#1
Jan3012, 09:15 AM

P: 151

As we know there is gravity force between Planets in order to hold them in orbits,
Each planet has different speed in term of its rotation, will it create any force in any way? does anyone know how many kinds of force exists between planets as we know at this moment? Thanks in advance for any suggestions 



#2
Jan3012, 10:05 AM

P: 25

I suggest you look up tidal forces. You have to take these into account when considering planets as large bodies, not point like objects (for many purposes it is sufficient to consider them as point like objects).
Consider the Earth and the Moon. Gravity falls off with 1/r^2 yeah? This means that the gravitational force from the Moon on the Earth will be greater on the side of the Earth closest to the Moon. Get it? This is the cause of tidal bulges. You may be aware that the Earth isn't spherical, it's actually bulging a bit in the middle. I should also mention that the rotation of the Earth also contributes to this bulge. 



#3
Jan3012, 10:17 AM

PF Gold
P: 290

You may find this page on precession of interest http://www.mathpages.com/rr/s602/602.htm.




#4
Jan3012, 02:08 PM

P: 1,262

How many kinds of force exist between Planets?1) Gravity 2) Electromagnetism 3) 'Weak' Nuclear force 4) 'strong' nuclear force The only fundamental interaction between planets is gravitational (the others are completely negligible). Because planets are complex objects, their gravitational interaction can give rise to addition effects which are sometimes referred to as independent forcesi.e. the 'tidal force', which is actually the difference in gravitational force between different parts of the planet. Additionally, especially in situations involving orbits and spin, the gravitational force can exert a 'torque' on/between planets which can make them spinup, slowdown, etc. 



#5
Feb112, 04:44 PM

PF Gold
P: 487

I have a question regarding this statement. The two datapoints cited below indicate to me that significant electromagnetic effects take place between Jupiter and Io, and also at galaxy 3C303. Granted neither of these examples specifically relate to interactions between planets. However, since the effects do take place at the planettomoon scale, and also at the galactic scale, how is it possible to rule them out at the planettoplanet scale? Perhaps they can and do take place in another solar system which we presently cannot observe? Thank you for your consideration. Respectfully submitted, Steve 1) As Io circles around Jupiter and through the plasma torus, an enormous electrical current flows between them. Approximately 2 trillion watts of power is generated. The current follows the magnetic field lines to Jupiter's surface where it creates lightning in the upper atmosphere. http://www.planetaryexploration.net/...sma_torus.html 2) About two billion lightyears from Earth, there's a huge jet of matter emanating from the core of galaxy 3C303. The jet carries a current of 10^18 amps, making it by far the highest electric current ever seen. Researchers at the University of Toronto made the find as they observed the interaction between the jet and radio waves found around the galaxy. The radio waves suddenly changed its alignment in response to the jet, which lead researcher Philipp Kronberg says is "an unambiguous signature of a current." The researchers say this incredibly high current  the equivalent of a billion billion amps  is being created by powerful magnetic fields found inside galaxy 3C303's central black hole. The jet itself extends out some 150,000 lightyears, making it longer than the diameter of the entire Milky Way. http://io9.com/5814522/theuniverses...soflightning Our analysis strongly supports a model where the jet energy flow is mainly electromagnetic. http://arxiv.org/abs/1106.1397 EDIT: Evolution of Ohmically Heated Hot Jupiters http://arxiv.org/abs/1101.3800 Magnetoastrocoolness: How Cosmic Magnetic Fields Shape Planetary Systems http://blogs.scientificamerican.com/...inthecosmos/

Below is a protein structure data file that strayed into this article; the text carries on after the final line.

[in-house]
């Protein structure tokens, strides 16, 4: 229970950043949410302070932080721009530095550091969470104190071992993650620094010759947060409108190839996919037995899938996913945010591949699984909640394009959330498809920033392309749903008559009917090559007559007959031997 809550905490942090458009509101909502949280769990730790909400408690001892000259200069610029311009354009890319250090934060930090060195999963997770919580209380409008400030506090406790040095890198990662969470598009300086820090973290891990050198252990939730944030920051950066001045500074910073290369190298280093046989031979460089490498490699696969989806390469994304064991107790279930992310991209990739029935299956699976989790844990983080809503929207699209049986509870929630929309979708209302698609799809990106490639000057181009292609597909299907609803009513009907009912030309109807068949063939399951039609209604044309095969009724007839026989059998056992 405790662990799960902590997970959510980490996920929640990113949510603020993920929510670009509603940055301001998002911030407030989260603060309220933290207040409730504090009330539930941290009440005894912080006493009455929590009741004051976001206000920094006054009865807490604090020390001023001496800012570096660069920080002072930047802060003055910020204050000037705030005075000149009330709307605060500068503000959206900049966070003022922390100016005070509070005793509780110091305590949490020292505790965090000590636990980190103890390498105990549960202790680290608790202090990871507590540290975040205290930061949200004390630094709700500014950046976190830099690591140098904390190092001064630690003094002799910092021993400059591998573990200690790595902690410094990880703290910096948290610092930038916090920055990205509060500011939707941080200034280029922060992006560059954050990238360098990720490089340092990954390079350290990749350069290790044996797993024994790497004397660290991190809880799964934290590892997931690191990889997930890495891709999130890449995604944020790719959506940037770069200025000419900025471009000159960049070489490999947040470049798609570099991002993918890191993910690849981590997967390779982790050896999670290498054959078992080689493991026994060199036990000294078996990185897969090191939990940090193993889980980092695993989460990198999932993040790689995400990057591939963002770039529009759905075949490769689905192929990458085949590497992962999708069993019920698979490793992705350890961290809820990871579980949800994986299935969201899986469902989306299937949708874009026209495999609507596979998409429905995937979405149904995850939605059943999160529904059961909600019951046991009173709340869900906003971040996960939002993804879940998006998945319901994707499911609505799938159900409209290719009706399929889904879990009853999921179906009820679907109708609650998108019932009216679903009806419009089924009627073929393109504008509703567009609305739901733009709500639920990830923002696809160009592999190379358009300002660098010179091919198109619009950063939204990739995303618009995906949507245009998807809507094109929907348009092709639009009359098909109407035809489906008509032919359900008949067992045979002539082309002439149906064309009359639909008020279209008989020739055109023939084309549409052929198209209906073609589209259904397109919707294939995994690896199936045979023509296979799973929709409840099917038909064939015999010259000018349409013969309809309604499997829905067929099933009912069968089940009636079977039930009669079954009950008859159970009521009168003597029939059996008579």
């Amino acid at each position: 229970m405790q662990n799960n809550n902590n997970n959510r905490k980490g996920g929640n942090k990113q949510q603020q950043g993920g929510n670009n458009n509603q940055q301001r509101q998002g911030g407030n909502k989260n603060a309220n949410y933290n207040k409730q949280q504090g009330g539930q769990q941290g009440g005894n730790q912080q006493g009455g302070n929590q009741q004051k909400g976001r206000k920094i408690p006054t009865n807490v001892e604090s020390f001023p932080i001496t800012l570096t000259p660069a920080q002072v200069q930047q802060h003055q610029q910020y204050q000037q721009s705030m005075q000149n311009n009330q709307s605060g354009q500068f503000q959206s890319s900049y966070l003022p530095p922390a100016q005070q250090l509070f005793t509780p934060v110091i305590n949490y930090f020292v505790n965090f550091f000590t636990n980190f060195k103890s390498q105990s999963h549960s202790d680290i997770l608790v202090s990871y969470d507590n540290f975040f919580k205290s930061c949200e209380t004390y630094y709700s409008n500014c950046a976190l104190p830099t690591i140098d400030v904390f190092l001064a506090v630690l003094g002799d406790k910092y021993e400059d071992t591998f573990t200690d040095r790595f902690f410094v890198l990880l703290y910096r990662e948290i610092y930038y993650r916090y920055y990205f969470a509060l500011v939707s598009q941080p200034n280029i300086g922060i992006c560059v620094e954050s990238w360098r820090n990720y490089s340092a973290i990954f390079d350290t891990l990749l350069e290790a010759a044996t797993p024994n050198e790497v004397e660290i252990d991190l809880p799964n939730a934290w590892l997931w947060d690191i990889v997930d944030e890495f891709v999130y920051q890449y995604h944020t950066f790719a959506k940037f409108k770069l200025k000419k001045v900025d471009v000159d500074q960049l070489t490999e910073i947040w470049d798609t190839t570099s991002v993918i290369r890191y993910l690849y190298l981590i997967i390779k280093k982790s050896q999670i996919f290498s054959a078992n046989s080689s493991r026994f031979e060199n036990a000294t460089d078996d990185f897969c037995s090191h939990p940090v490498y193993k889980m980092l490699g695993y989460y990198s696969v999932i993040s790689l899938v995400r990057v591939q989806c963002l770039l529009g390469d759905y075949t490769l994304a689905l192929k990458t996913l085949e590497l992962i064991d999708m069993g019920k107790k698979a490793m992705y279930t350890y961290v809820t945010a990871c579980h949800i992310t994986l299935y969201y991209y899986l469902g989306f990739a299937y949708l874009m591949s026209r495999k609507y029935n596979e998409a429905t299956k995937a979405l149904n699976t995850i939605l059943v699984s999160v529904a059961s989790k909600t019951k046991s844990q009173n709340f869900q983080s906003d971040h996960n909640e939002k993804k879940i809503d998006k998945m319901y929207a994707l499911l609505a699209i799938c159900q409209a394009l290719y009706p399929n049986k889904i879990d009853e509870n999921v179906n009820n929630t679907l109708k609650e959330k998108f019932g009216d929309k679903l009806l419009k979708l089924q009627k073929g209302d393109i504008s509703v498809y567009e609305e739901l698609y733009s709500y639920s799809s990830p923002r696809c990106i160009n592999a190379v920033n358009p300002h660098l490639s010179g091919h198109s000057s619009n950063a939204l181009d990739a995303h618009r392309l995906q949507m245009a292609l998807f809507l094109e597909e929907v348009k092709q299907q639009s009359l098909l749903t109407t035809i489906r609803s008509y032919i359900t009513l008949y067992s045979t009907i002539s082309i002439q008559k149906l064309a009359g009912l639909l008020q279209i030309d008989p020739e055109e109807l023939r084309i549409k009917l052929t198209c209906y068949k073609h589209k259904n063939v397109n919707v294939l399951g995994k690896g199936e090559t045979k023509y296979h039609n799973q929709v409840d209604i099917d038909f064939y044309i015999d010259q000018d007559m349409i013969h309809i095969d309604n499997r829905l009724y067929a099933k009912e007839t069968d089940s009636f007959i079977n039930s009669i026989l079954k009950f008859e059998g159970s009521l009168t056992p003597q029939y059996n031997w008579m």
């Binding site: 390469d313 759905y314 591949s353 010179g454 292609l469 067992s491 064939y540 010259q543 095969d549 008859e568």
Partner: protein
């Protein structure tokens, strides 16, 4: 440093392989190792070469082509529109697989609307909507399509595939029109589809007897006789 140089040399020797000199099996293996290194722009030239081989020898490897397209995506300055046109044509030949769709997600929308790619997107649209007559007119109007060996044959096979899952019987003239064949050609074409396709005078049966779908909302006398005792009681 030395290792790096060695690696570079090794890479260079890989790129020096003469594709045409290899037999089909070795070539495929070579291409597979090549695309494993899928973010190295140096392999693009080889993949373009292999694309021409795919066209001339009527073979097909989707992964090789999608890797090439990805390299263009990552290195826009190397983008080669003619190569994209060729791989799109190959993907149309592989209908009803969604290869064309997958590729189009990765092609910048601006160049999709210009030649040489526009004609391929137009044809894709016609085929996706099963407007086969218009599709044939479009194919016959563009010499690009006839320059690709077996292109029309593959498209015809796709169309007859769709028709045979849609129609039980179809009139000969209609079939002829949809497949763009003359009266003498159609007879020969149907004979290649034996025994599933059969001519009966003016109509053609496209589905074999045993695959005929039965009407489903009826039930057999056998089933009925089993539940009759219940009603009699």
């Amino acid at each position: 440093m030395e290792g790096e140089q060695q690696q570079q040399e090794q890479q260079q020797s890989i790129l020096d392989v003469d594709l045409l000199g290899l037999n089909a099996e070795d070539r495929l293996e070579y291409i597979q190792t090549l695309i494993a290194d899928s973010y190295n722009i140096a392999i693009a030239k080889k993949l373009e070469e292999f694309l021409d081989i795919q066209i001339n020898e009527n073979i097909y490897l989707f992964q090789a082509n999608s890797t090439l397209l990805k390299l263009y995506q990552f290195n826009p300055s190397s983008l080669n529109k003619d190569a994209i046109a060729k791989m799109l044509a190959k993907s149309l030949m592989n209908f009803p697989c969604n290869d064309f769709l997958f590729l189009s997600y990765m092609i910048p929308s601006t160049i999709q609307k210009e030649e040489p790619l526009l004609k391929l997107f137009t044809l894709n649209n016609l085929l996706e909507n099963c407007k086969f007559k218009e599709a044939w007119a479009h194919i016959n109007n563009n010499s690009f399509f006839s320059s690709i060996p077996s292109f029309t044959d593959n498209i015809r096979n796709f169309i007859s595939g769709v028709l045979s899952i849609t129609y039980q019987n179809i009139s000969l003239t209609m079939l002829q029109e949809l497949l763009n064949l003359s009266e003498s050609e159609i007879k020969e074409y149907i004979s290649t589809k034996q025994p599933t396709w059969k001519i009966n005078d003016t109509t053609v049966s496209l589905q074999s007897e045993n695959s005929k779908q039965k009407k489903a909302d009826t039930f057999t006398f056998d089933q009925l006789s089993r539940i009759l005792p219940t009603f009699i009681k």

#6
Feb112, 05:51 PM

PF Gold
P: 11,044





#7
Feb112, 07:51 PM

P: 1,262





#8